This page provides information relating to CERT VU #800113. Please write to Admin if you have corrections or additions.

Timeline of Events

?, 2008

Dan Kaminsky stumbles upon a serious problem in the DNS protocol that makes poisoning easier than most everyone previously thought.

March 31, 2008

DNS Summit at Microsoft's offices to discuss the problem and solutions.

July 8, 2008

CERT VU #800113 published in conjunction with patches/updates from almost all DNS vendors. Attack details are to be kept secret until August 6th.

July 9, 2008

Kaminsky gives details to skeptical security colleages in confidence.

July 21, 2008

A so-called security expert publicly speculates about the flaw on his blog and more-or-less gets it right. The speculation is confirmed when Matasano publishes a blog-post-in-waiting, which is later retracted. At this point the flaw is effectively leaked.

July 23, 2008

Working exploit code is released.

July 24, 2008

Another metasploit script is released, as well as a python implementation.

July 30, 2008

PCWorld reports that an AT&T nameserver is poisoned, which ends up affecting the author who published the first exploit code.

August 7,2008

Dan Kaminsky gives his talk (ppt file) at the Blackhat conference.

Tools for Testing and Monitoring

OARC's own porttest tool is a DNS server that will tell you if the queries coming from your resolver appear to be random. Use it with command-line tools like dig and nslookup.

Very similar to porttest, except that this one reports on transaction IDs. Most DNS resolver implementations were already using random transaction IDs well before this vulnerability came out, but now you can double-check it with this service.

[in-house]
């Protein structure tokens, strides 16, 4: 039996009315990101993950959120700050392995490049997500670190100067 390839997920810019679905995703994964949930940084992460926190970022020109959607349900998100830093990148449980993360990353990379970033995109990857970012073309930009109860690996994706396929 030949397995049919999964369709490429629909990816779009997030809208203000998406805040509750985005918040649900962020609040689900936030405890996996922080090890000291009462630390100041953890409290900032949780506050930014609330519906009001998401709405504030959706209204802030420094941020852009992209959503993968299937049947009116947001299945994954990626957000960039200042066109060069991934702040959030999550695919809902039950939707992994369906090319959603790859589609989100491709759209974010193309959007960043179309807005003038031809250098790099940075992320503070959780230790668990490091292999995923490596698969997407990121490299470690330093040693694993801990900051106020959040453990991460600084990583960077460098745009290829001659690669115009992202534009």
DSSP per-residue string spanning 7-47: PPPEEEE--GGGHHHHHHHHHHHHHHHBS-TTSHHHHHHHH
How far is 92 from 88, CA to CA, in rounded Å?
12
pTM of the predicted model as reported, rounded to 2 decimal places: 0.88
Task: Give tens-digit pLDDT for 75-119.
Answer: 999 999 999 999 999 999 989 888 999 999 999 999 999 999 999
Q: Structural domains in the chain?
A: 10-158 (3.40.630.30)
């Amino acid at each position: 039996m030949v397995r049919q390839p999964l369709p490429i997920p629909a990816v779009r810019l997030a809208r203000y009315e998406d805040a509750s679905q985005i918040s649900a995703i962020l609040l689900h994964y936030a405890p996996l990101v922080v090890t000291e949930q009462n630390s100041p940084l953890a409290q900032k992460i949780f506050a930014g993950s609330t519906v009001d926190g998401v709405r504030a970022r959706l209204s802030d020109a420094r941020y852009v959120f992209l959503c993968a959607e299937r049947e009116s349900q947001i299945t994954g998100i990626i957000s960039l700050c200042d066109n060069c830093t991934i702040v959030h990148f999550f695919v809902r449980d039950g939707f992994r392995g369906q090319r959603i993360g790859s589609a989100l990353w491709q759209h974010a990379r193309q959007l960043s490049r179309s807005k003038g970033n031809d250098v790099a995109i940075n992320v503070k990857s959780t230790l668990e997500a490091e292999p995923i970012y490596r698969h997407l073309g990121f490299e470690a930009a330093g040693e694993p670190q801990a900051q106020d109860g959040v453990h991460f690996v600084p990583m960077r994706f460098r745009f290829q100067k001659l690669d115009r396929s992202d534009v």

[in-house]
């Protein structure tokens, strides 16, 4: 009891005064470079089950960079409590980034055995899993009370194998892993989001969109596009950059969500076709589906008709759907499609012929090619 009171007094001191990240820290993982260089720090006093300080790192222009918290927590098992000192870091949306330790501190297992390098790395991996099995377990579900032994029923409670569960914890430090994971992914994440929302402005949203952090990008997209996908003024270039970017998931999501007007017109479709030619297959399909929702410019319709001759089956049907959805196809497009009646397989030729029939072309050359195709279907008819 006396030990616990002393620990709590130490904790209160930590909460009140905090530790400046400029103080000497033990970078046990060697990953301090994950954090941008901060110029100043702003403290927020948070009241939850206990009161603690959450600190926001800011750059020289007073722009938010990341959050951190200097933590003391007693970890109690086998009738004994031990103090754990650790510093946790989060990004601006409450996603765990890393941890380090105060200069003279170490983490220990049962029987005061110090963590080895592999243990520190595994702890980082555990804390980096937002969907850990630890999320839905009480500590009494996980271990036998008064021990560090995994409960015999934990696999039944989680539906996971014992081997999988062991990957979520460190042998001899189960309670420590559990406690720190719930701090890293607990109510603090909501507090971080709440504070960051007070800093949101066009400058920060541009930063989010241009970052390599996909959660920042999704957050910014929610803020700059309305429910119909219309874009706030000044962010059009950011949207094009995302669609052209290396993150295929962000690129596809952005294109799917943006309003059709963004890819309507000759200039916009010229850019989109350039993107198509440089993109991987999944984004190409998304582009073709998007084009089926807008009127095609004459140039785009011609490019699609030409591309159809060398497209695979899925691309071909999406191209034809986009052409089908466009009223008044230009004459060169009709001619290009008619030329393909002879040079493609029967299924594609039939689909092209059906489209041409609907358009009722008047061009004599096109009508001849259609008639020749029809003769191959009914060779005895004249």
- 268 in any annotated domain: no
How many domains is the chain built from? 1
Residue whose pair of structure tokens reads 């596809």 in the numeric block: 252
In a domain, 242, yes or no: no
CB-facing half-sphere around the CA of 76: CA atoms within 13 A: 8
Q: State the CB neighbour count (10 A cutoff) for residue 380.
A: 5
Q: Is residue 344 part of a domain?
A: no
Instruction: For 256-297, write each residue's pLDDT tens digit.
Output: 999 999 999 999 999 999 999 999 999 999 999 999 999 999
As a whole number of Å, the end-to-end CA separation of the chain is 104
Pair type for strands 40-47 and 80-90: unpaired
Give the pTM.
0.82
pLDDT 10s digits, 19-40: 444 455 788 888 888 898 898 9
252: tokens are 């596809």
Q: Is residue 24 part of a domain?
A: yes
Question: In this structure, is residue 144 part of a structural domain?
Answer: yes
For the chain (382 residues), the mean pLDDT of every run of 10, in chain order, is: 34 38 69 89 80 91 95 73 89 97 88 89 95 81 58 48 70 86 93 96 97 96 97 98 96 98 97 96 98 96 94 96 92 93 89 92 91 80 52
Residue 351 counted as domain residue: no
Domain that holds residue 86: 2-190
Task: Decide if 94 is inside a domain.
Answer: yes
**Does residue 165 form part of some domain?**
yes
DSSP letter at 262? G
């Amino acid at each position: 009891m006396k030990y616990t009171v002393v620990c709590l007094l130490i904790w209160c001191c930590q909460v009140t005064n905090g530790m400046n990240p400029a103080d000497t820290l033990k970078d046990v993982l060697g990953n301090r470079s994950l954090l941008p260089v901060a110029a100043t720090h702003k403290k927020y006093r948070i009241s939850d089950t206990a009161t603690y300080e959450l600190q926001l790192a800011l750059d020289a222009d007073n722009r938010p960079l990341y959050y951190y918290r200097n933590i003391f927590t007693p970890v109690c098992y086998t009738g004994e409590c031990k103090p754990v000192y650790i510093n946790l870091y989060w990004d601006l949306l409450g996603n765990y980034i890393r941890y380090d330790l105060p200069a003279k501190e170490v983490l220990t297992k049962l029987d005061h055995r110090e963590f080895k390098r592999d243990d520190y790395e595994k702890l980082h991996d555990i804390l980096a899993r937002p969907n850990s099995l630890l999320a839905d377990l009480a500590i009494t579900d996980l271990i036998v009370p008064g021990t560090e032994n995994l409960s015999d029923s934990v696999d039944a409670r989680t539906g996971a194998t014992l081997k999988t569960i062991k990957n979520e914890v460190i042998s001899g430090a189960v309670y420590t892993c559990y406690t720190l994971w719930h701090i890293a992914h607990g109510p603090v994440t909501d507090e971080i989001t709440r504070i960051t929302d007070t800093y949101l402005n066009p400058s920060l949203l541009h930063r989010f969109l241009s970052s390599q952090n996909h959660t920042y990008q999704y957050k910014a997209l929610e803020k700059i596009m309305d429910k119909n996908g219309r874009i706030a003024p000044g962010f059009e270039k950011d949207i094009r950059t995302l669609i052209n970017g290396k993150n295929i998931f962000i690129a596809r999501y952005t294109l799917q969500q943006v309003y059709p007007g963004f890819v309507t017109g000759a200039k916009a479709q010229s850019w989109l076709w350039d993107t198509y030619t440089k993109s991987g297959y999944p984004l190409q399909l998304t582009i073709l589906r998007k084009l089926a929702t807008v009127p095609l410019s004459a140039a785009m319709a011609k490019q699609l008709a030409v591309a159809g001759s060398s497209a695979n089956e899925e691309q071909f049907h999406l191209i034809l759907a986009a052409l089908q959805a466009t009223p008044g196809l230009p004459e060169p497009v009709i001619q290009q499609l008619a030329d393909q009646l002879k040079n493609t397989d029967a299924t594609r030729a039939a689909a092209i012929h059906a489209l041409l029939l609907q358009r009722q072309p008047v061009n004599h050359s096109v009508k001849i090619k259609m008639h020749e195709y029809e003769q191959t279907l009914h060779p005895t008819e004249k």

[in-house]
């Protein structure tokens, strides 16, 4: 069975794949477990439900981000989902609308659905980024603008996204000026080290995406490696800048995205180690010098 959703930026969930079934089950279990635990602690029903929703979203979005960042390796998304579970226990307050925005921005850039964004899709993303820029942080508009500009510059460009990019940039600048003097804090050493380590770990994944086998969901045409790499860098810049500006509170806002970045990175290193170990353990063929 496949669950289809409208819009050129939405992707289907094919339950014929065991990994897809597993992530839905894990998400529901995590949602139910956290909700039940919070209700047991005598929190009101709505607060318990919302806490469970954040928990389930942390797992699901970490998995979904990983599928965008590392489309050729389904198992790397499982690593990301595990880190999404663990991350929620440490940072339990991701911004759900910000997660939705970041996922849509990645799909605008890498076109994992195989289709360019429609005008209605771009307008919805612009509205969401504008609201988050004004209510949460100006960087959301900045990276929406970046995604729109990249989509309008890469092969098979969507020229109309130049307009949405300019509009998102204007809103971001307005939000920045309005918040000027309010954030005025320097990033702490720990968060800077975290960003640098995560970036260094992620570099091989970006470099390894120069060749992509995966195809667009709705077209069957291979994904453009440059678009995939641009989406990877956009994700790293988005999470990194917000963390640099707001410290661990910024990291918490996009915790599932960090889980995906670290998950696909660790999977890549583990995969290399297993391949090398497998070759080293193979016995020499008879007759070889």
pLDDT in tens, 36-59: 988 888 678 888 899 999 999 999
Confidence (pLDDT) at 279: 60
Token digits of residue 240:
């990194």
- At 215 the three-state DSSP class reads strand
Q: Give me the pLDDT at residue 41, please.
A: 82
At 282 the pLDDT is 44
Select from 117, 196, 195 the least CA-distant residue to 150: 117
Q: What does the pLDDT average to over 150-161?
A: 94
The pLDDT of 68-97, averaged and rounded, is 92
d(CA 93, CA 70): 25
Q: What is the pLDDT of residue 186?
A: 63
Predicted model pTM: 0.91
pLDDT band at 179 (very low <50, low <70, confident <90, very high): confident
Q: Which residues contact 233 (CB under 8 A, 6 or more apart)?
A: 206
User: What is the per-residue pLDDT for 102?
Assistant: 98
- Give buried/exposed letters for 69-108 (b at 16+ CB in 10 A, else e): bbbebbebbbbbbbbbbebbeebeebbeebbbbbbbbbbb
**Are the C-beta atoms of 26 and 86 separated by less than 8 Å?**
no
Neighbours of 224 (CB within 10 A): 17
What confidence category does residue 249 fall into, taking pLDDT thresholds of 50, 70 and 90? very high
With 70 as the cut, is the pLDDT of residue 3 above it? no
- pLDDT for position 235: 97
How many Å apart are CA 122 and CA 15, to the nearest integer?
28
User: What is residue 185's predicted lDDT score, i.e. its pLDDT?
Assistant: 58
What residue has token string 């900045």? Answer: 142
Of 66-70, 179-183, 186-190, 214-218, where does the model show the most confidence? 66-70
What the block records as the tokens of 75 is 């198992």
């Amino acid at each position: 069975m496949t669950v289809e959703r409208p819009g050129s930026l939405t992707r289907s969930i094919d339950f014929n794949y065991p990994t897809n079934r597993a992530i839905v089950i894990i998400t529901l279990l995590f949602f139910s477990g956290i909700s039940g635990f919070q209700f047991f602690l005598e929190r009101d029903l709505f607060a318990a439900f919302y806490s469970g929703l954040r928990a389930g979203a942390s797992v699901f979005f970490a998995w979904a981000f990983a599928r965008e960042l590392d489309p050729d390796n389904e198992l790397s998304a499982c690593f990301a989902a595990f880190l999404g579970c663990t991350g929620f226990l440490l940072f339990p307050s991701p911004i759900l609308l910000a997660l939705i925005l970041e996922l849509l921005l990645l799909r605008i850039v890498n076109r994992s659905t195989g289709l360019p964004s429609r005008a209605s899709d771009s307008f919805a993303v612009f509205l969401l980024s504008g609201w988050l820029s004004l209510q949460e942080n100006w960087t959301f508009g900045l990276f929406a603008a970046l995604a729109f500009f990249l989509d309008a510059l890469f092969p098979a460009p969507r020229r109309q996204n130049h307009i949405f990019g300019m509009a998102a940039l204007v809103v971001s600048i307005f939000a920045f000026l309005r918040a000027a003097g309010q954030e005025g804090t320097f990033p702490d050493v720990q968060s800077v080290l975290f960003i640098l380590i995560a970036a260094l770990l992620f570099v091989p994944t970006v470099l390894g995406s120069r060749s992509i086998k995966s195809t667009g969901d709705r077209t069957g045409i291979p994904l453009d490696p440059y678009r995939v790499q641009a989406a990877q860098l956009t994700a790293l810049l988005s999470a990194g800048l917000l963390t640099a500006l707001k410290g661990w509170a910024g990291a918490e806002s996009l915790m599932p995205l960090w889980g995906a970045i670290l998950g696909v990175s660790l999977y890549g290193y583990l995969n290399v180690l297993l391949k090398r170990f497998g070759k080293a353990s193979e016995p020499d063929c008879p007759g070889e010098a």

OARC's Web-based entropy test

Similar to porttest and txidtest, except that the test provides more information and is done with your web browser, rather than command line tools. Another benefit to the web-based test is that you can see scatter plots of the received ports and IDs to visualize the data.

DNS Checker at

Dan's DNS checker also reports on source ports and transaction IDs, although it uses fewer queries than OARC's, and requires javascript.

Niels Provos home page

When you visit Neils' page, an image at the top will tell you if your DNS resolver is using random ports or not.

ONZRA's CacheAudit

CacheAudit is a BSD-licensed tool that allows recursive providers to detect cache poisoning events using cache dumps from their DNS servers.

ISC's SIE cache poisoning attempt detection tool

ISC SIE has developed a tool for detecting cache poisoning attempts. It consists of two parts: ncaptool, the part which performs packet gathering, reassembly, and dns filtering; and mod_urstate, a message processing module which attempts to statefully detect unsolicited responses that may be indicative of cache poisoning attempts.

Data, Documentation, Papers, and Presentations

Dan's Blackhat talk

Straight from the horse's mouth.

Sid's DNS Ephemeral Port Measurement

Sid Faber is generates data showing levels of patching from SIE data.

Report from reports on patch rates based on the queries they see at the .at authoritative nameservers.

Kaminsky Viz

A flashy visualization of patch adoption from Dan's data.

Steve Friedl's Illustrated Guide to the Kaminsky DNS Vulnerability

A very nice explanation of how DNS works and of the poisoning vulnerability.